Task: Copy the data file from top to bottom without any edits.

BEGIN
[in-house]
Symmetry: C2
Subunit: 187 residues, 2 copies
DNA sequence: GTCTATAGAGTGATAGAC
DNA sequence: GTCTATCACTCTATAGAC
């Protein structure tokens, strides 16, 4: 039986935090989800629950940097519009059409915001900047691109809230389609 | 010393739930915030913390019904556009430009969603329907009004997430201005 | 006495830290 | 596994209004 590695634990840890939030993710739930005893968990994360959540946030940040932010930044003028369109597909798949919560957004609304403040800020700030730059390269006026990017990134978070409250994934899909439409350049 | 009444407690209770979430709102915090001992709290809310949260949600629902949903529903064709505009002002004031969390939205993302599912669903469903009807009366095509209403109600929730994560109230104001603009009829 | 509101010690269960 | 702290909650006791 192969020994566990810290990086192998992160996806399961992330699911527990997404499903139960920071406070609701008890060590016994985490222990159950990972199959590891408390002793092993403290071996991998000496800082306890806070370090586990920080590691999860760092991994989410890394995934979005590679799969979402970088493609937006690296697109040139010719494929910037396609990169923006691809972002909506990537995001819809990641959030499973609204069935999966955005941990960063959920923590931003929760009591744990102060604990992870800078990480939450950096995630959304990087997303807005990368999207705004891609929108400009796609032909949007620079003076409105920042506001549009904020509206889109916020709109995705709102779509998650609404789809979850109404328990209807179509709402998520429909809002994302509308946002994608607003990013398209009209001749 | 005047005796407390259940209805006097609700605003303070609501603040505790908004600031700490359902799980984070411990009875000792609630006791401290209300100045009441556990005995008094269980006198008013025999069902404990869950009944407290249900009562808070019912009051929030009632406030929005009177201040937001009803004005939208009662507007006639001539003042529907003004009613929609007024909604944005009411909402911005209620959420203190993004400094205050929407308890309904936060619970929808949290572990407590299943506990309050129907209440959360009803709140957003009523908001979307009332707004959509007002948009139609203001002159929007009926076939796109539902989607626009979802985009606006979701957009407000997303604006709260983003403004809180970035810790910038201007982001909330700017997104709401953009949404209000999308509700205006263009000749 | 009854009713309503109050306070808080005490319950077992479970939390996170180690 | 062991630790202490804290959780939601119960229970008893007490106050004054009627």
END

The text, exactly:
[in-house]
Symmetry: C2
Subunit: 187 residues, 2 copies
DNA sequence: GTCTATAGAGTGATAGAC
DNA sequence: GTCTATCACTCTATAGAC
């Protein structure tokens, strides 16, 4: 039986935090989800629950940097519009059409915001900047691109809230389609 | 010393739930915030913390019904556009430009969603329907009004997430201005 | 006495830290 | 596994209004 590695634990840890939030993710739930005893968990994360959540946030940040932010930044003028369109597909798949919560957004609304403040800020700030730059390269006026990017990134978070409250994934899909439409350049 | 009444407690209770979430709102915090001992709290809310949260949600629902949903529903064709505009002002004031969390939205993302599912669903469903009807009366095509209403109600929730994560109230104001603009009829 | 509101010690269960 | 702290909650006791 192969020994566990810290990086192998992160996806399961992330699911527990997404499903139960920071406070609701008890060590016994985490222990159950990972199959590891408390002793092993403290071996991998000496800082306890806070370090586990920080590691999860760092991994989410890394995934979005590679799969979402970088493609937006690296697109040139010719494929910037396609990169923006691809972002909506990537995001819809990641959030499973609204069935999966955005941990960063959920923590931003929760009591744990102060604990992870800078990480939450950096995630959304990087997303807005990368999207705004891609929108400009796609032909949007620079003076409105920042506001549009904020509206889109916020709109995705709102779509998650609404789809979850109404328990209807179509709402998520429909809002994302509308946002994608607003990013398209009209001749 | 005047005796407390259940209805006097609700605003303070609501603040505790908004600031700490359902799980984070411990009875000792609630006791401290209300100045009441556990005995008094269980006198008013025999069902404990869950009944407290249900009562808070019912009051929030009632406030929005009177201040937001009803004005939208009662507007006639001539003042529907003004009613929609007024909604944005009411909402911005209620959420203190993004400094205050929407308890309904936060619970929808949290572990407590299943506990309050129907209440959360009803709140957003009523908001979307009332707004959509007002948009139609203001002159929007009926076939796109539902989607626009979802985009606006979701957009407000997303604006709260983003403004809180970035810790910038201007982001909330700017997104709401953009949404209000999308509700205006263009000749 | 009854009713309503109050306070808080005490319950077992479970939390996170180690 | 062991630790202490804290959780939601119960229970008893007490106050004054009627």